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Location: S.F. Bay Area, CA
|#3130 2008-09-11 GMT-5 hours|
Looks like the Department of Defense has put off the new tanker decision for the next administration. So, no decision until sometime in 2009. Delays, delays, delays. You can read more about it here.
Location: Carrollton, Denton, Texas.
|#3132 2008-09-12 GMT-5 hours|
Bad News but, it was managed by idiots. Hopefully they can get this stright with the next presidental
|#3136 2008-09-16 GMT-5 hours|
From what I've read, the GAO reports favortism and irregularities in the bidding . Imagine that. A government agency(USAF) handling things badly. Hopefully with the next administration it will get straightened out. As Ray had said awhile ago, It would actually be smart to have a number of both.
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Occupation: Air Mechanic
|#3137 2008-09-16 GMT-5 hours|
I think that the next time around Boeing is going to end up being the winning bidder, but they should consider the 777 and 767-400 instead of the 200 to match the A330's fuel capacity.
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|#3138 2008-09-16 GMT-5 hours|
Latest report is that it could take as long as four years for the decision to be made now, its actually becoming embarrasing, the following was posted on Reuters
New US tanker deal could be up to 4 years away
Mon Sep 15, 2008 5:04pm EDT
By Andrea Shalal-Esa
WASHINGTON, Sept 15 (Reuters) - U.S. Air Force Chief of Staff Norton
Schwartz said a new contract for aerial refueling aircraft could be awarded
within 8 to 12 months, but depending on how the new administration decides
to proceed, it could up to 36 to 48 months.
The Pentagon last week canceled a $35 billion revamped competition, which
pits Boeing Co against a team of Northrop Grumman Corp paired with Europe's
EADS , after concluding it could not pick a winner by January.
Northrop and EADS won the competition in February, but the Pentagon decided
to redo the competition after the Government Accountability Office (GAO)
said Boeing might have won if not for significant errors in the Air Force's
handling of the process.
Revised terms for the competition were announced in August, but Boeing said
those changes basically disqualified the 767 tanker variant it had bid, and
threatened to quit the competition unless it got six months to prepare a new
Schwartz told reporters at the annual Air Force Association meeting on
Monday that Air Force officials were preparing a wide range of options for
the next administration -- ranging from a "cold, cold start," with a new
analysis of requirements, to a modification of the existing request for
He said his projections for awarding of a new contract would begin once the
administration decided how to proceed.
Acting Air Force Secretary Michael Donley said the Air Force supported last
week's decision by Defense Secretary Robert Gates to cancel the competition
for now, but the Air Force and Pentagon would ultimately have to "circle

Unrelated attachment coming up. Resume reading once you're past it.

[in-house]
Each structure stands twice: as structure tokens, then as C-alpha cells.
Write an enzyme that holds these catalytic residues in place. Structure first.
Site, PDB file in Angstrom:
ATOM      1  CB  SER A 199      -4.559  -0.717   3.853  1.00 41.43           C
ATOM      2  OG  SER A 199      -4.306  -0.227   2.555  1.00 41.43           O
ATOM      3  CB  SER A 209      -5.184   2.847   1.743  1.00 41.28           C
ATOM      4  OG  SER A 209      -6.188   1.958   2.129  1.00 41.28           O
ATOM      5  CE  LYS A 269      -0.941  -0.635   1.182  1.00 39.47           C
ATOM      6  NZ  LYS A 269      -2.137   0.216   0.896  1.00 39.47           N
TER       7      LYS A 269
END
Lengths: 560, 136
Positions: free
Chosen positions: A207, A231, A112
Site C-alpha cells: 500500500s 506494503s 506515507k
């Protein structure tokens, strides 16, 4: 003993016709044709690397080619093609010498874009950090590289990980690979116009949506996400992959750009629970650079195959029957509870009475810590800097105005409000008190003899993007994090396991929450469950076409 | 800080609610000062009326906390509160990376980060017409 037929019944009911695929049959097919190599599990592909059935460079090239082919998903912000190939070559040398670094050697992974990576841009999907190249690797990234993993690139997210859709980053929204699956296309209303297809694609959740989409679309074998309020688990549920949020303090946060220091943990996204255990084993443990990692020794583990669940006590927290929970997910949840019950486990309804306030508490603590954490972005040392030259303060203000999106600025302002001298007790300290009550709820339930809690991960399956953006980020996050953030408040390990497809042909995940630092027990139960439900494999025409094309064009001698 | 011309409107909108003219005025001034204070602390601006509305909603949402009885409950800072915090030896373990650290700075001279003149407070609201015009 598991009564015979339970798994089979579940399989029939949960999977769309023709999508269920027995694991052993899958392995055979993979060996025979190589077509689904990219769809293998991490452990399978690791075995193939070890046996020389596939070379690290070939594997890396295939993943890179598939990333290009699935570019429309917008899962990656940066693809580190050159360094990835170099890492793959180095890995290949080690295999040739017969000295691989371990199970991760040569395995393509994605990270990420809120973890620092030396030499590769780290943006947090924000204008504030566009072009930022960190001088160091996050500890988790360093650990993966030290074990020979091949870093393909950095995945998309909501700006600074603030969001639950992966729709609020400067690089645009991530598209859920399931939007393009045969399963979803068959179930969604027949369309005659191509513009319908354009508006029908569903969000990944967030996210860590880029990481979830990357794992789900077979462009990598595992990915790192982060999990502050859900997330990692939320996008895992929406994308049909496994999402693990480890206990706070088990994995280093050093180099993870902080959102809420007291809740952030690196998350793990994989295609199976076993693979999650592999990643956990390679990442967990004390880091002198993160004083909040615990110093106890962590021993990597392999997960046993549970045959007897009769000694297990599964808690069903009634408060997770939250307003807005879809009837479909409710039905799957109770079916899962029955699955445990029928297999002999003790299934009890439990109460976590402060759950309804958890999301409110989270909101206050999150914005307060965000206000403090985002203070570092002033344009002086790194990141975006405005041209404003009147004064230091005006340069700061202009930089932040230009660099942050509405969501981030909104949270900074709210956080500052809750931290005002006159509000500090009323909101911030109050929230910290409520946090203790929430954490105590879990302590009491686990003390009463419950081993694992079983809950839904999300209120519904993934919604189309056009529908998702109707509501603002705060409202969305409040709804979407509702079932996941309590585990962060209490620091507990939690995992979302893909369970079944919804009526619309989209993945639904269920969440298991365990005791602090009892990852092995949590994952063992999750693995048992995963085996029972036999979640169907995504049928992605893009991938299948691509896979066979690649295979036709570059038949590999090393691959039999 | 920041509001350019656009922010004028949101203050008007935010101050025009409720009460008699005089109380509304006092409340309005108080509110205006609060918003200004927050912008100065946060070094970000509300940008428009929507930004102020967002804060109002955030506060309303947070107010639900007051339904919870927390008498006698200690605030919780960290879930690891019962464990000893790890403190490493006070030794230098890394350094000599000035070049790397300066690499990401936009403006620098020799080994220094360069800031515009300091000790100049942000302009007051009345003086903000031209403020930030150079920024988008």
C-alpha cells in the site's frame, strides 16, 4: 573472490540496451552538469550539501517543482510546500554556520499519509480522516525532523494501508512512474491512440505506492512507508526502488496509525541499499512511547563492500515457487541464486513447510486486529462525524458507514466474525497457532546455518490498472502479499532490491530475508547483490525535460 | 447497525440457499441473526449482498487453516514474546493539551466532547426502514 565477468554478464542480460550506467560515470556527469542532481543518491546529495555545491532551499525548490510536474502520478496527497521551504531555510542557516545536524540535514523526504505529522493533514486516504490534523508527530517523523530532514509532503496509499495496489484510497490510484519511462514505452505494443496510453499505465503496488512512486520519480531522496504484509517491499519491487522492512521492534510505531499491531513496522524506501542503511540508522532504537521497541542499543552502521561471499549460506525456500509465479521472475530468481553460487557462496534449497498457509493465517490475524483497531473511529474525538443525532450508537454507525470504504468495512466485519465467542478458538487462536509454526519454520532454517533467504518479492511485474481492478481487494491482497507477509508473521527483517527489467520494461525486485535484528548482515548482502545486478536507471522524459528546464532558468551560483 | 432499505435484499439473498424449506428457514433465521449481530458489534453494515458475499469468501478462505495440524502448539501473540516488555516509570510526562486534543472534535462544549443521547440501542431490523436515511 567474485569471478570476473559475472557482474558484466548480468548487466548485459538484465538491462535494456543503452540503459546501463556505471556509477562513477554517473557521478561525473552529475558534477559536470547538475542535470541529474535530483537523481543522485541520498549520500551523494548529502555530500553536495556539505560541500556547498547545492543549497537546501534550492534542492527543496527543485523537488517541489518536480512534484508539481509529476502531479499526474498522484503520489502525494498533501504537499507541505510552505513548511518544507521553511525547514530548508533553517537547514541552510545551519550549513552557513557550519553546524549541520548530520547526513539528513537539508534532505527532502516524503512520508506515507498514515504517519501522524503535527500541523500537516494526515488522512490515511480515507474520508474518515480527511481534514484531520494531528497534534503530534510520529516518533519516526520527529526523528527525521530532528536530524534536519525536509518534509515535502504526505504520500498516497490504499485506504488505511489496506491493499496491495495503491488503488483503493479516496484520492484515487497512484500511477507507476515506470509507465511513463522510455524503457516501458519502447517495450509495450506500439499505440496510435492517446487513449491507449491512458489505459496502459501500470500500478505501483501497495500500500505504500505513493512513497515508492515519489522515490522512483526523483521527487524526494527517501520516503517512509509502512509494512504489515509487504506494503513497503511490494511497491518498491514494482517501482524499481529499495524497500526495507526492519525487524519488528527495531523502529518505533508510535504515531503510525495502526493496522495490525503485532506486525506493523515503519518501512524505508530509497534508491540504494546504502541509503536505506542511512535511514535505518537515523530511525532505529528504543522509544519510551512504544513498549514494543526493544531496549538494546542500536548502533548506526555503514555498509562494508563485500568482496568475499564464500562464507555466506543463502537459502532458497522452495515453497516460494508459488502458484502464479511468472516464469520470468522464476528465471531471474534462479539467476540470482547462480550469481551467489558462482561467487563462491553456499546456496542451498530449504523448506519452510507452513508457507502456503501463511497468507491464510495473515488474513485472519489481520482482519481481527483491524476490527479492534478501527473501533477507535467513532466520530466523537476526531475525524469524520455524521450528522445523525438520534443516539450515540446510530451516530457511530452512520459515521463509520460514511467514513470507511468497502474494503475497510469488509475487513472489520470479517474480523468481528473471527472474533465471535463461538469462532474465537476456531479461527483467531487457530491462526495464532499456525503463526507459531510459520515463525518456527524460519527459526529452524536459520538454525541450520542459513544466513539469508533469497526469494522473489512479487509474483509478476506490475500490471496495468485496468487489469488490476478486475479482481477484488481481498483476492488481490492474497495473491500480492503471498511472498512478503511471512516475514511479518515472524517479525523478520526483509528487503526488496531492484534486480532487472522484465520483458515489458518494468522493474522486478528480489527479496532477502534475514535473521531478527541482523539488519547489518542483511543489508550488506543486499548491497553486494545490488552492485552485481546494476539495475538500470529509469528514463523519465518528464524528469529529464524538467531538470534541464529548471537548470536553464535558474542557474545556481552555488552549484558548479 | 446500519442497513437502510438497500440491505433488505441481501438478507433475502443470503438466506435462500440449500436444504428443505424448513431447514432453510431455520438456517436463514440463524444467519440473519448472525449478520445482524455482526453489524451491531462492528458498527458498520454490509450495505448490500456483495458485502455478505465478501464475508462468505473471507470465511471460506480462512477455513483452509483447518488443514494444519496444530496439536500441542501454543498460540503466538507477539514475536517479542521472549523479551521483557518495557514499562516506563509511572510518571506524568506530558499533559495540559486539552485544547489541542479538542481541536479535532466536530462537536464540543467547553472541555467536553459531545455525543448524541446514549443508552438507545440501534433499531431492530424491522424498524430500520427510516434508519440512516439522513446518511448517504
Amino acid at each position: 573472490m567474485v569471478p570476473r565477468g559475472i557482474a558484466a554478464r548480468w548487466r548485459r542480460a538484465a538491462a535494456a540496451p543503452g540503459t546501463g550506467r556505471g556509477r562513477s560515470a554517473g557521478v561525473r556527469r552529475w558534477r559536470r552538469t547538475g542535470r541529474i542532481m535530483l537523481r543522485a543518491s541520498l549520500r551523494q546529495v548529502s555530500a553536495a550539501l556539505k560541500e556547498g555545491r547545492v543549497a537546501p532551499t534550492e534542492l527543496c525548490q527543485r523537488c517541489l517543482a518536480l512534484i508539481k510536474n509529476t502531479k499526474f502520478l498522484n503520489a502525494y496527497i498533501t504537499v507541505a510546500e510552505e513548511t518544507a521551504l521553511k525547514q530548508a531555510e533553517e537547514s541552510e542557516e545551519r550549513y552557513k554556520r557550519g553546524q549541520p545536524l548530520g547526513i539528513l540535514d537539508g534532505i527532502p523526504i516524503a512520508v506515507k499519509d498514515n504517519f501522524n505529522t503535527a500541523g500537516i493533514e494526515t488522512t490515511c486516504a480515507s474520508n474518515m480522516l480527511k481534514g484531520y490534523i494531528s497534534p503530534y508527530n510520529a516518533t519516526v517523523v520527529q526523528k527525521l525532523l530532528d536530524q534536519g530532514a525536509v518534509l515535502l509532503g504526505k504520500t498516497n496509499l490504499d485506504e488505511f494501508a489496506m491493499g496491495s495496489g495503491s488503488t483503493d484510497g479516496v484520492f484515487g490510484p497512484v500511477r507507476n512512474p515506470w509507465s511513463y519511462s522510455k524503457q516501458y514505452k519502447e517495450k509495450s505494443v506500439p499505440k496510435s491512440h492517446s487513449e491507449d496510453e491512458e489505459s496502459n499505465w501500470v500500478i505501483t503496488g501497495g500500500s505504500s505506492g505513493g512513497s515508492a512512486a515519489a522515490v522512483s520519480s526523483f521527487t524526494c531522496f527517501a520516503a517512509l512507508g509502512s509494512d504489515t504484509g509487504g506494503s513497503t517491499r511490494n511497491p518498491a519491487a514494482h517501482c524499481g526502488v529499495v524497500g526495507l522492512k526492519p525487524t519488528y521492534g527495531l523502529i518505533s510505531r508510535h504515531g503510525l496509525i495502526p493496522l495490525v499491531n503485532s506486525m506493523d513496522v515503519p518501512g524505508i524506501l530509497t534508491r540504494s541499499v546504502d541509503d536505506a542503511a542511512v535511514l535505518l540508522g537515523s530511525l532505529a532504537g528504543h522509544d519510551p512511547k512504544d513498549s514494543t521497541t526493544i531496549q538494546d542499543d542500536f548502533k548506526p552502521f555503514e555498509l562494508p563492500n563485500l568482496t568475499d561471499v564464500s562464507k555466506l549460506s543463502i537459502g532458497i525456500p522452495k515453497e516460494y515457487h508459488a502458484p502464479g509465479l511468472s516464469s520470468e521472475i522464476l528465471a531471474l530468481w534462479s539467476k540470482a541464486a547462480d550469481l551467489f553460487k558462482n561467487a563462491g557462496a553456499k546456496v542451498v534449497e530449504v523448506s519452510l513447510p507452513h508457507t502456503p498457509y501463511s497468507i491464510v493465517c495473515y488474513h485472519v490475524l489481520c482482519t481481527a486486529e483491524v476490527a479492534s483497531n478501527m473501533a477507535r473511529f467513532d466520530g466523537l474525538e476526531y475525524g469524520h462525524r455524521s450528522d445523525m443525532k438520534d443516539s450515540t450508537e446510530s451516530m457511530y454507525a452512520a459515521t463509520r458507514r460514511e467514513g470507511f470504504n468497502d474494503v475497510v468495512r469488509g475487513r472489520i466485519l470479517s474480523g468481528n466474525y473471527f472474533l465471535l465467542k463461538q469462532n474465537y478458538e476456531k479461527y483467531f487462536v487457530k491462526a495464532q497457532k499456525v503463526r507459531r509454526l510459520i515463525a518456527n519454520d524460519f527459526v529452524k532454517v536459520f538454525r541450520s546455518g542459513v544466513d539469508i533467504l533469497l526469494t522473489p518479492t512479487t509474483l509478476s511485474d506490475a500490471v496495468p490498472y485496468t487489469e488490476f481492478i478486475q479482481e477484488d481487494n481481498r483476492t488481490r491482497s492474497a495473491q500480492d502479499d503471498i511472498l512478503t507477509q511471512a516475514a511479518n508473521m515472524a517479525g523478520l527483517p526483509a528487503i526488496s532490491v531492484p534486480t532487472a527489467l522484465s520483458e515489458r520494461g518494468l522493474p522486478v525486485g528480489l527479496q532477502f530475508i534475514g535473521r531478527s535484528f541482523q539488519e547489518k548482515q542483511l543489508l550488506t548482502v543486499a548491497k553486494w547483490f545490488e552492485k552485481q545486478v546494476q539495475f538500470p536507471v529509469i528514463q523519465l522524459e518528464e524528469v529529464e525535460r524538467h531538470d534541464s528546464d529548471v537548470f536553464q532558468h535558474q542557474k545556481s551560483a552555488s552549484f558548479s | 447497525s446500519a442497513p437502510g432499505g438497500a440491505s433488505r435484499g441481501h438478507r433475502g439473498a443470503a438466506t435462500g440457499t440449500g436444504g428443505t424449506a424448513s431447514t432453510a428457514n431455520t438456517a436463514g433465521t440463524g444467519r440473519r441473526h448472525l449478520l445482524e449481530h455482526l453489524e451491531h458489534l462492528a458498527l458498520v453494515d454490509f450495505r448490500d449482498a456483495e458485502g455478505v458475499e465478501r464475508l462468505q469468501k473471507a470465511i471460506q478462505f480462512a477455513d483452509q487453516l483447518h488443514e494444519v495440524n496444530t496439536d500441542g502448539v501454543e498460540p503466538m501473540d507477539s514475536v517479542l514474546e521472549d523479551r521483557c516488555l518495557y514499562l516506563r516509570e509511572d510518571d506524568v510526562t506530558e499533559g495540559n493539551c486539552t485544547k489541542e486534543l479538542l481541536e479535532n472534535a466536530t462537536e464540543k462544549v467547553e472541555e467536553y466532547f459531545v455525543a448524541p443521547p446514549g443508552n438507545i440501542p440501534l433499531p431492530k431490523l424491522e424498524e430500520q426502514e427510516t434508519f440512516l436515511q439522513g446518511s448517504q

"There was a lot of heat and smoke in this process. I don't think it was all
healthy," Donley told reporters.
He said he was in the process of scheduling a meeting with Northrop to
discuss termination of its existing contract for work on 179 tankers, but
declined to give any details on the size of the expected termination fee.
In a speech to the Air Force booster group, Donley said "seven years of
history on this program have culminated in a missed opportunity."
"My personal view is that this experience has not been a healthy one for the
Air Force or (the Department of Defense), or for the contractors, or the
Congress," Donley said in his speech. "We're going to need a new approach
Donley said Air Force officials would meet with the GAO to discuss ways to
better document the decision-making process to avert protests in the future.
In addition, the Air Force planned its own internal review of what went
wrong in the tanker competition, and there would be an independent
assessment by a federally funded think tank.
Schwartz said it might be possible to remove some of the complexity from the
tanker competition, which involved over 800 criteria, some of which were
Regardless of what approach the next administration took, Schwartz said it
was important to reform the overall acquisition system so that the military
requirements remained the "prime consideration." Asked if requirements
should trump concerns about industrial policy or trade subsidies -- some
issues raised in the tanker competition -- Schwartz said yes.
Donley said there had been much scrutiny of another controversial
competition, the $15 billion contest for new search and rescue helicopters
which was redone after the GAO upheld two protests, which is nearing
contract award now.
Boeing won the first round of the competition, but Lockheed Martin Corp
(LMT.N: Quote, Profile, Research, Stock Buzz) and Sikorsky Aircraft, a unit
of United Technologies Corp (UTX.N: Quote, Profile, Research, Stock Buzz),
won their separate protests and hope to prevail this time around.
"My immediate focus with acquisition community is getting lessons learned
out of the tanker process, so we make sure we can get though any possible
protest that comes after this," Donley said.
He said expected a decision in the helicopter competition within a few
months, before the Bush administration leaves office in January. (Reporting
by Andrea Shalal-Esa; Editing by Tim Dobbyn)
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